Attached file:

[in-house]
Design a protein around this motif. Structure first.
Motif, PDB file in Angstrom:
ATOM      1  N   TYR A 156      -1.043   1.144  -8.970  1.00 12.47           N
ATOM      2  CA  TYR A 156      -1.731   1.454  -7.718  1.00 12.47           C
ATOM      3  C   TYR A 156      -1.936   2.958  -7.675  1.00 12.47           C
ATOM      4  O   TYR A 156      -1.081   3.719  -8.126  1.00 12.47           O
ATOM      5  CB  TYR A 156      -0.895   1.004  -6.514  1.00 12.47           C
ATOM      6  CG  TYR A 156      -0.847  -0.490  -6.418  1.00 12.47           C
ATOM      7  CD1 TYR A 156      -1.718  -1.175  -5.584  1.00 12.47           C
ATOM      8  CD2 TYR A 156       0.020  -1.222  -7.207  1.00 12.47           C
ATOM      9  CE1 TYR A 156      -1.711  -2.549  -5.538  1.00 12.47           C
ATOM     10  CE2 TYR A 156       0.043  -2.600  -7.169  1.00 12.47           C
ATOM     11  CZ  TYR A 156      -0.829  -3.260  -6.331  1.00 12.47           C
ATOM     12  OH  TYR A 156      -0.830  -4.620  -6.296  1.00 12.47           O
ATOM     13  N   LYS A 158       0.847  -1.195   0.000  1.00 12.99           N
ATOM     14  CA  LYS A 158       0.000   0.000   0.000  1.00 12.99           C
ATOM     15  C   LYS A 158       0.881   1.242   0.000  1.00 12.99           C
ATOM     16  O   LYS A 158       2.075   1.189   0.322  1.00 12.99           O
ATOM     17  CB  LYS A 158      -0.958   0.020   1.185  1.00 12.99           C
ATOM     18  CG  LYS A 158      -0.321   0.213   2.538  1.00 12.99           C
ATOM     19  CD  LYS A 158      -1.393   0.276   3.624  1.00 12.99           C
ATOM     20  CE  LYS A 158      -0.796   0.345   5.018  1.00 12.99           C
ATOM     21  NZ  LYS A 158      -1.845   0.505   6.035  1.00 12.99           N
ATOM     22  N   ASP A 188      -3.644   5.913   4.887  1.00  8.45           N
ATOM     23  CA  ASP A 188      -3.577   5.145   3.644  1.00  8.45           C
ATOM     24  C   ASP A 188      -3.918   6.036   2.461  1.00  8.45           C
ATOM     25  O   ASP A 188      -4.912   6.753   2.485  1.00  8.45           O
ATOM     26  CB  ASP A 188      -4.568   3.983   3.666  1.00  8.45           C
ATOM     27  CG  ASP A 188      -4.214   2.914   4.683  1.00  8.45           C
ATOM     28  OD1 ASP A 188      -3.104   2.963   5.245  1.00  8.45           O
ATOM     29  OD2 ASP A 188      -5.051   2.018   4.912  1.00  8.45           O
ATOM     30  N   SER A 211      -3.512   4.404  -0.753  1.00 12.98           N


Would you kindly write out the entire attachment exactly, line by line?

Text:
[in-house]
Design a protein around this motif. Structure first.
Motif, PDB file in Angstrom:
ATOM      1  N   TYR A 156      -1.043   1.144  -8.970  1.00 12.47           N
ATOM      2  CA  TYR A 156      -1.731   1.454  -7.718  1.00 12.47           C
ATOM      3  C   TYR A 156      -1.936   2.958  -7.675  1.00 12.47           C
ATOM      4  O   TYR A 156      -1.081   3.719  -8.126  1.00 12.47           O
ATOM      5  CB  TYR A 156      -0.895   1.004  -6.514  1.00 12.47           C
ATOM      6  CG  TYR A 156      -0.847  -0.490  -6.418  1.00 12.47           C
ATOM      7  CD1 TYR A 156      -1.718  -1.175  -5.584  1.00 12.47           C
ATOM      8  CD2 TYR A 156       0.020  -1.222  -7.207  1.00 12.47           C
ATOM      9  CE1 TYR A 156      -1.711  -2.549  -5.538  1.00 12.47           C
ATOM     10  CE2 TYR A 156       0.043  -2.600  -7.169  1.00 12.47           C
ATOM     11  CZ  TYR A 156      -0.829  -3.260  -6.331  1.00 12.47           C
ATOM     12  OH  TYR A 156      -0.830  -4.620  -6.296  1.00 12.47           O
ATOM     13  N   LYS A 158       0.847  -1.195   0.000  1.00 12.99           N
ATOM     14  CA  LYS A 158       0.000   0.000   0.000  1.00 12.99           C
ATOM     15  C   LYS A 158       0.881   1.242   0.000  1.00 12.99           C
ATOM     16  O   LYS A 158       2.075   1.189   0.322  1.00 12.99           O
ATOM     17  CB  LYS A 158      -0.958   0.020   1.185  1.00 12.99           C
ATOM     18  CG  LYS A 158      -0.321   0.213   2.538  1.00 12.99           C
ATOM     19  CD  LYS A 158      -1.393   0.276   3.624  1.00 12.99           C
ATOM     20  CE  LYS A 158      -0.796   0.345   5.018  1.00 12.99           C
ATOM     21  NZ  LYS A 158      -1.845   0.505   6.035  1.00 12.99           N
ATOM     22  N   ASP A 188      -3.644   5.913   4.887  1.00  8.45           N
ATOM     23  CA  ASP A 188      -3.577   5.145   3.644  1.00  8.45           C
ATOM     24  C   ASP A 188      -3.918   6.036   2.461  1.00  8.45           C
ATOM     25  O   ASP A 188      -4.912   6.753   2.485  1.00  8.45           O
ATOM     26  CB  ASP A 188      -4.568   3.983   3.666  1.00  8.45           C
ATOM     27  CG  ASP A 188      -4.214   2.914   4.683  1.00  8.45           C
ATOM     28  OD1 ASP A 188      -3.104   2.963   5.245  1.00  8.45           O
ATOM     29  OD2 ASP A 188      -5.051   2.018   4.912  1.00  8.45           O
ATOM     30  N   SER A 211      -3.512   4.404  -0.753  1.00 12.98           N